City of Judas has a very interesting mechanic called the momentum die which replaces the “take +1 forward” of…

City of Judas has a very interesting mechanic called the momentum die which replaces the “take +1 forward” of…

City of Judas has a very interesting mechanic called the momentum die which replaces the “take +1 forward” of several moves. What do folks think about this?

At the beginning to the session, set aside a D6 and set it to one. This is the momentum die. When you roll for a move, you may exchange one of the dice in your roll with the momentum die. If you do, set the momentum die back to one.

When a move or effect tells you to take +X forward, increase the momentum die by X instead. (For example, the Paladin’s Charge! move tells you to take +1 forward when you lead the charge into combat. Instead, increase the momentum die by one.) The value of the momentum die cannot be reduced below one, nor can it exceed the maximum value of the die.

This also opens up the possibility of advanced moves that hack the momentum die (making the die a D8 instead of D6, starting at higher than one, etc.)

10 thoughts on “City of Judas has a very interesting mechanic called the momentum die which replaces the “take +1 forward” of…”

  1. I’d grab this in a heartbeat if I had a player reluctant to engage in any ‘dice rolling’ level risks.

    Heck, I might let players pick whether to use this individually.  It sounds plausible.

  2. There were a couple of things that I had in mind when I decided to add this to the game.

    The first is the real reason: this die gives you the possibility to build up advantages and play them all together (i.e. when you get to a 5 or 6) for what really matters.

    I don’t care much for the single plus or minus one, but if they build up into something heroic or meaningful, that’s great (and I already see patterns: players really trying to build a high score there, and others playing instead other choices for more immediate returns, instead of increasing their die).

    The other thing.. well, at least at my table(s) we often lose track of a plus or minus one, ongoing or forward…

    It doesn’t break the game of course, but having all those plus and minus one transformed into something physical (a die in front of you) make it easier to remember.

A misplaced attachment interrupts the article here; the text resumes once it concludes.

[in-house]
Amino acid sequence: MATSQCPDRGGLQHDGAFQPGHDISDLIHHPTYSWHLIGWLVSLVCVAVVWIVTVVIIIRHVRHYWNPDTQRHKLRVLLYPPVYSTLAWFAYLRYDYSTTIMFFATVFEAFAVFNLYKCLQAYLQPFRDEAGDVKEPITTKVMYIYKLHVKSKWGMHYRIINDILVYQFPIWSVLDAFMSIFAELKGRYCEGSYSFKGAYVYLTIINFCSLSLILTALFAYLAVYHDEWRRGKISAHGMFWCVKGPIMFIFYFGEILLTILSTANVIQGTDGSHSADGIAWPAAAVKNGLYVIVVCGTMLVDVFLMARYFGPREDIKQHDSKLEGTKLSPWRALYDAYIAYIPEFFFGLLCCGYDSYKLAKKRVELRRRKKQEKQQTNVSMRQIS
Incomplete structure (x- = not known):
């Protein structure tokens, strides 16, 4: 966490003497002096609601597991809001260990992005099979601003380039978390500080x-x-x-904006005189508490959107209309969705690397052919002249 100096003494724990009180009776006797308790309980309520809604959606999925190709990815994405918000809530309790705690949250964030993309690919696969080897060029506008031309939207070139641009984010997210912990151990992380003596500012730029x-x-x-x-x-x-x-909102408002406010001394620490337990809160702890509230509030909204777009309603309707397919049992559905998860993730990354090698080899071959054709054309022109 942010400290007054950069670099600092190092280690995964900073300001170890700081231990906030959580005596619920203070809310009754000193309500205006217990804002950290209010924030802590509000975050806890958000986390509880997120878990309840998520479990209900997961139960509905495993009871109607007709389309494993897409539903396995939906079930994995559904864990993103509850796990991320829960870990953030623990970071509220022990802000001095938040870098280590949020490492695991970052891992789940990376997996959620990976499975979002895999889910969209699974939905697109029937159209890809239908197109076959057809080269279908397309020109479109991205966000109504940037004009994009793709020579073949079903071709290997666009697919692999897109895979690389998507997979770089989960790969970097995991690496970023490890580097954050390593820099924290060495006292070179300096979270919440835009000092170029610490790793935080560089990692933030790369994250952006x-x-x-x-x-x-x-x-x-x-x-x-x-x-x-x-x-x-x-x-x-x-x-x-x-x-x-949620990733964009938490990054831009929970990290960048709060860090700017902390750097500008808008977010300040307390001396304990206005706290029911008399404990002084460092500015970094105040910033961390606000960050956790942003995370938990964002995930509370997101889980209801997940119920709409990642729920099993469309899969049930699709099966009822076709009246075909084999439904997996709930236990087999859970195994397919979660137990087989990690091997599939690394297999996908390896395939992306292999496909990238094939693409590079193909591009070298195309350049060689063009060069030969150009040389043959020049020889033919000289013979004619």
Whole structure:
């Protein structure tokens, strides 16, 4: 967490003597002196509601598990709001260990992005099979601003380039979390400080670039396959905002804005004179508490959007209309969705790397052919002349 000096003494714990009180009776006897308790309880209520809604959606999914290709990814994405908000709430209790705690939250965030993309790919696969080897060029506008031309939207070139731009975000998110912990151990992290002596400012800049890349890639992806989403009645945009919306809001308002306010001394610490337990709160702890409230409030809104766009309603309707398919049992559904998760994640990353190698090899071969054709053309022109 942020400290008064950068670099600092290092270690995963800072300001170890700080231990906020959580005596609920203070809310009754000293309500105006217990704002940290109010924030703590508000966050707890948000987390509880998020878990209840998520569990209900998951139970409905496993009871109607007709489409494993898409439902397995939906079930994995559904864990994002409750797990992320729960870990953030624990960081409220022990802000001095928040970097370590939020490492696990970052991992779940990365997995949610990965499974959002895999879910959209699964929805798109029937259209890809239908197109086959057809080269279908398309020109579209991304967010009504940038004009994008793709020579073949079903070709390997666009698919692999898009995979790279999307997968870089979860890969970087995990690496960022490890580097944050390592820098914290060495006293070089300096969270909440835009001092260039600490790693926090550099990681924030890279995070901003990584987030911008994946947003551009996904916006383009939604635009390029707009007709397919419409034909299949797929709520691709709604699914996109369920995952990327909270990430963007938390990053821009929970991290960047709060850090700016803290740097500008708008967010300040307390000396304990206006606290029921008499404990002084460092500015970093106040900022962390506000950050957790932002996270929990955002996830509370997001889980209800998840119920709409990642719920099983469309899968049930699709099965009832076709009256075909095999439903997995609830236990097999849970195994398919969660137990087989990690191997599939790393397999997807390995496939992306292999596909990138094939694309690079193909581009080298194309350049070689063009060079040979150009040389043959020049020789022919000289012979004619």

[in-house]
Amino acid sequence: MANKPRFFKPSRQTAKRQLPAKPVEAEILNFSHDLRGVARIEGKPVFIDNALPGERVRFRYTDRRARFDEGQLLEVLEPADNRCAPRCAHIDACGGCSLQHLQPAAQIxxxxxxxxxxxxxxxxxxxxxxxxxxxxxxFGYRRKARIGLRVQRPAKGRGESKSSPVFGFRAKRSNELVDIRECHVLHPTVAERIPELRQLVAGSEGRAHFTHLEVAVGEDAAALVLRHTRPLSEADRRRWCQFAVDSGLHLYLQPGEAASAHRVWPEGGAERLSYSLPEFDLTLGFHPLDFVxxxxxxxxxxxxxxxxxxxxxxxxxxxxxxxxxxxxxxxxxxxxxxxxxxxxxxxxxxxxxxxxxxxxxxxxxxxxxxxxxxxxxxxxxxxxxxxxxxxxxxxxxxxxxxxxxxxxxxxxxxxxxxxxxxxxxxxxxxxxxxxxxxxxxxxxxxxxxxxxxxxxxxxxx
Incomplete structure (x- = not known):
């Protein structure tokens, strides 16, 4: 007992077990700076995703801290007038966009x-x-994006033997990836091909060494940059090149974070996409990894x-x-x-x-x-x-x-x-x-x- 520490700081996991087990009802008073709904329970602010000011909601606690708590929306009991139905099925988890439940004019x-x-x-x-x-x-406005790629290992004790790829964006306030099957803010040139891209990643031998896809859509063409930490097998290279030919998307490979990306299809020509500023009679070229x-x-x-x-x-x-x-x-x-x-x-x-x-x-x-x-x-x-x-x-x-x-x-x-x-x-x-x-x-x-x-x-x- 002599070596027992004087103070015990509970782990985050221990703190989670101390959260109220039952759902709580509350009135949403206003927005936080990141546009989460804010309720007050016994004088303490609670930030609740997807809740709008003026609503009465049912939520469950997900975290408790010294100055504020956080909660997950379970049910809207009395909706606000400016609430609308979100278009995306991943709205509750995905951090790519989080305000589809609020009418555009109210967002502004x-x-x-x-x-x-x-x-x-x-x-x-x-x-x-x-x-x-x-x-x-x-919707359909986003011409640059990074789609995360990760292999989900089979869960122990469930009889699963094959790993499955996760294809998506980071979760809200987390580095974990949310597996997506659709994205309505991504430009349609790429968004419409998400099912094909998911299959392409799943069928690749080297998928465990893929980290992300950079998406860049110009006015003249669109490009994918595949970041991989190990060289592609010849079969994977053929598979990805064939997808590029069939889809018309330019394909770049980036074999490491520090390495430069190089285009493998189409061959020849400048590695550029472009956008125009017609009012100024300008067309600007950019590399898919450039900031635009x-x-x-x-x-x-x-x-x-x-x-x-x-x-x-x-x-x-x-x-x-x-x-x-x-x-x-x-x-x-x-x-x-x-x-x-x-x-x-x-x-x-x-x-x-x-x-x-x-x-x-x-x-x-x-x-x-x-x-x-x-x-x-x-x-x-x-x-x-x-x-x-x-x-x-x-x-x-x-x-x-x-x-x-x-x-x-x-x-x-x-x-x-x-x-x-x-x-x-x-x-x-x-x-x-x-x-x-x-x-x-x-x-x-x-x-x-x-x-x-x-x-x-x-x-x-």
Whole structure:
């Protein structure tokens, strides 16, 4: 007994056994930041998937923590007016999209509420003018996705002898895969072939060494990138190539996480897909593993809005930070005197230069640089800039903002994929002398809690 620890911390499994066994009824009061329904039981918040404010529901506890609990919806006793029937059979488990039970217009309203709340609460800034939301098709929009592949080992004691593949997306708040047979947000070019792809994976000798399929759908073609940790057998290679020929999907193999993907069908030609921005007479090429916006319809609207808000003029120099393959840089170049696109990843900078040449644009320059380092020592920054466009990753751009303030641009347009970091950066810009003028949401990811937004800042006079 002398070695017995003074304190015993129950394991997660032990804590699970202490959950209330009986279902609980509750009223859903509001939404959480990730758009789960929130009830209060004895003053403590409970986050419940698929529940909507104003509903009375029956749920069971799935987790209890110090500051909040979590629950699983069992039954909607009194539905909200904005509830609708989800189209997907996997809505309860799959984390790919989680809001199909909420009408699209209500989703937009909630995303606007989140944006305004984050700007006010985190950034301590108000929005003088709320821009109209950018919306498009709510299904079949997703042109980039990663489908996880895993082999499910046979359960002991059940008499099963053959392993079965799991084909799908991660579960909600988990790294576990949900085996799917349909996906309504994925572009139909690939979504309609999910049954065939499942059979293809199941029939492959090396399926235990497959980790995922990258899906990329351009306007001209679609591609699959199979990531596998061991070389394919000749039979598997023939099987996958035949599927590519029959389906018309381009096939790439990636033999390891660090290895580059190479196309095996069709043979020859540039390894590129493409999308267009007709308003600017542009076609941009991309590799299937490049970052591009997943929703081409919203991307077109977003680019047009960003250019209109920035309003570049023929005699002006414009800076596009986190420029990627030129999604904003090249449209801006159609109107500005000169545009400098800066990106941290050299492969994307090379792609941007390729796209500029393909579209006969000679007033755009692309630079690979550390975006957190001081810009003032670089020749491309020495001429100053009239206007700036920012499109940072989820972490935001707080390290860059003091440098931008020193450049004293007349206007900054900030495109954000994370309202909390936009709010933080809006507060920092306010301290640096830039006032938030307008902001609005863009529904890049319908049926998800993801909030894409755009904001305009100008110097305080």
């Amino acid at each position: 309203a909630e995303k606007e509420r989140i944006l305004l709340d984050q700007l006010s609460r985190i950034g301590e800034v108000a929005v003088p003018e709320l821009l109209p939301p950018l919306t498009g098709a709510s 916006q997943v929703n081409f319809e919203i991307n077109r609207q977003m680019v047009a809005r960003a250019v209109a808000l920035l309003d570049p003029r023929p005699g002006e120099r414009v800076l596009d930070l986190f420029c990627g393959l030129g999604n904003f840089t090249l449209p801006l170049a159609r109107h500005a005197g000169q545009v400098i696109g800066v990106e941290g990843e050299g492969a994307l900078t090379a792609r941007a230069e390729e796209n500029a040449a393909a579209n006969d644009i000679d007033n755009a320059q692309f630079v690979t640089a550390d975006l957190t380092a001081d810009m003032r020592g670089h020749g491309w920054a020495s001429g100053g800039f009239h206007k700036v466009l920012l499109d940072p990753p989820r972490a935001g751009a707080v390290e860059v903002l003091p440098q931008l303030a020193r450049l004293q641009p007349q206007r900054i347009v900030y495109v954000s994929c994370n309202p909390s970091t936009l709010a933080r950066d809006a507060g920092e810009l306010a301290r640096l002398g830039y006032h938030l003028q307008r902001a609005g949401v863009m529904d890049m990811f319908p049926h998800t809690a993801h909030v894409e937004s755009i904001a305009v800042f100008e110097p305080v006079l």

3. Both good points. I think that some players try to hard to collect bonuses so they can never fail, this seems like it would cut down on bonus stacking a lot.

    I may steal this mechanic to make it part of a party mechanic, similar to the party sheets from Warhammer Fantasy.

  4. I love the Momentum Die mechanic, and hereby yoink it to my Numenera campaign.

    I wonder however if using this throws the DW die roll too far? Certain tasks are virtually certain to succeed, given the bell curve distribution of 2d6. 

    Momentum Die is excellent, but seems better suited to other games.

  5. Michael Barry​ Who cares? The point isn’t to create mechanical challenges but narrative ones, if they’re having great rolls, great! Make the situation harder or more complex.

  6. Michael Barry Ari Black take my comment with a grain of salt (I am the author of the game and I’ve seen this in action a looooot, but on the other hand I’m biased to see the positive side of it, I guess).

    What I’ve seen is this: often my players used it to turn a 6- into a 7-9, more often than a 7-9 into a 10+… In the few occasions when it was used to get a 10+ usually was towards the end of the session (if you don’t use it, it’s a waste: next session you start with the reset to 1 anyway).

    Now, using it to achieve a 7-9 of course is more interesting usually than if it’s used for a 10+… but anyway City of Judas can be quite harsh as a game, so I have anyway plenty of occasions to make my GM moves (i.e. in combat I make a GM move also on a 7-9, not just on a 6-).

    When it was used to get to a 10+ it was at some crucial moment towards the end of the session (i.e. a classic “boss fight”). In those moment, the players really loooooved to have this little trick up their sleeves. Those who were patient enough to built up a decent score and managed to use it to turn a fight around, were of course very pleased. And it’s nice, it rewards a slow building up bonuses exactly towards this type of moments.

    The other thing: it indeed requires build up. Sometimes you get a + 1 to this die as default result among your moves, but sometimes (often) you need to decide it to take for example 2 nice options from a move, or just take 1 but at the same time increase the die (for future use).

    It makes for interesting choices: get all the good stuff now, or stash a bonus to reclaim later down the road?

    Now, of course if you have questions I am happy to answer them. There is a G+ community for the game (City of Judas) and of course if you want to join there you’re welcome.

  7. Heiko Stapf, in Numenera it would be an Asset that reduces the target difficulty of a roll.

    The Difference is that d20 has a flat distribution; 2d6 is bell-shaped with 7 most common. In that case a plus 1 is a significant change, with a plus 5 (say, 2 from Attribute and 3 from the Momentum Die) making a success virtually certain.

    Still, it’s just a consideration.

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